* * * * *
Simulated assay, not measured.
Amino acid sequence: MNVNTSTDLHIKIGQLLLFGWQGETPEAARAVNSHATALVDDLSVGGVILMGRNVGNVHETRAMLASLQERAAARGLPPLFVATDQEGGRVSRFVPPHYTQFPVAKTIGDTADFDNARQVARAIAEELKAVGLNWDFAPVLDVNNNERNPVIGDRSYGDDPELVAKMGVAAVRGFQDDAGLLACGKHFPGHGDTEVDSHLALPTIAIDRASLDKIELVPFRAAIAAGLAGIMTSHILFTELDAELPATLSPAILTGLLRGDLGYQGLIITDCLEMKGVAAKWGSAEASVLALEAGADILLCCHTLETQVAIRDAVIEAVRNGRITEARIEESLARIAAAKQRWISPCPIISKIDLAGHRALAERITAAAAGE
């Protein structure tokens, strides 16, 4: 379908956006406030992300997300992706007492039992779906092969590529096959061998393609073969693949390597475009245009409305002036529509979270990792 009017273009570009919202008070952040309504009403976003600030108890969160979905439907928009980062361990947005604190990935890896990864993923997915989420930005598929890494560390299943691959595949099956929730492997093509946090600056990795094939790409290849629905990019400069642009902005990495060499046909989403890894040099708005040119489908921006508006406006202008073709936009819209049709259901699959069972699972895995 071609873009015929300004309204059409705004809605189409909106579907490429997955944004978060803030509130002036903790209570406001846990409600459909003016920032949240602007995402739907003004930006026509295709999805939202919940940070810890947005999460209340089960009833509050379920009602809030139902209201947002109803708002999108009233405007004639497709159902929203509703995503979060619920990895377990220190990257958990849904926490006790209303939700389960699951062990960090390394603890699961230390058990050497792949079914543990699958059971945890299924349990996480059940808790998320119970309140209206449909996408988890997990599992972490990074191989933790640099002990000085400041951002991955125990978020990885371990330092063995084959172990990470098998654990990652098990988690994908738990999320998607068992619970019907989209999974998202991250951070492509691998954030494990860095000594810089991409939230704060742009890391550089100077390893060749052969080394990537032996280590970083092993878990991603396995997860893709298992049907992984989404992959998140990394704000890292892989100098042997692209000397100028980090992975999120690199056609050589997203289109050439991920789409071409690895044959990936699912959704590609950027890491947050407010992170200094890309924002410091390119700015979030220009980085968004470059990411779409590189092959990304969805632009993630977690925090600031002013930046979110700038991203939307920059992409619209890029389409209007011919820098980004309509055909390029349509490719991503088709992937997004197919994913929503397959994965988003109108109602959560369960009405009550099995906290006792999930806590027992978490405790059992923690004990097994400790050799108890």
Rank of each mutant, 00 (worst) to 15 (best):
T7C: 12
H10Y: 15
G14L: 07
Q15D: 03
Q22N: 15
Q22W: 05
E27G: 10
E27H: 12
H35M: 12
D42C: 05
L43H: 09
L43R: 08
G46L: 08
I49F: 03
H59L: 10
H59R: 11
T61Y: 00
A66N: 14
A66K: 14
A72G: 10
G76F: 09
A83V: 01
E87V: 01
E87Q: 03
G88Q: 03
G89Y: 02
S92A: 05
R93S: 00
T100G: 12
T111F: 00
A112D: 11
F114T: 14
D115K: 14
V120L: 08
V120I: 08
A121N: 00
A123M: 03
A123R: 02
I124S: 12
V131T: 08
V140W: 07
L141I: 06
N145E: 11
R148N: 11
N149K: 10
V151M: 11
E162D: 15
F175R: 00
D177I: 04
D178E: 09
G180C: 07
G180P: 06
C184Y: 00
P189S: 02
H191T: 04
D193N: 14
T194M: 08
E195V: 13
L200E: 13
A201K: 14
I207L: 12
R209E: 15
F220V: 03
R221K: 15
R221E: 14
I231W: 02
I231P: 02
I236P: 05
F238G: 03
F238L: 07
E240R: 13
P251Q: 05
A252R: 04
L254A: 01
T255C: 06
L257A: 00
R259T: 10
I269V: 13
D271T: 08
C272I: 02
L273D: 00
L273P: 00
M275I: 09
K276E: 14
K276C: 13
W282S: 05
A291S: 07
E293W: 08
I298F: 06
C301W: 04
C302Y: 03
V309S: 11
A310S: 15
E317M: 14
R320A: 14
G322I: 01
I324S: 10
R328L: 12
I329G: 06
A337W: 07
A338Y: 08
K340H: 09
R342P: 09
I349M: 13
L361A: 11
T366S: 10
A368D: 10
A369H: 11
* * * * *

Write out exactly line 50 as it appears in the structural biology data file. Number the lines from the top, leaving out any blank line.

V151M: 11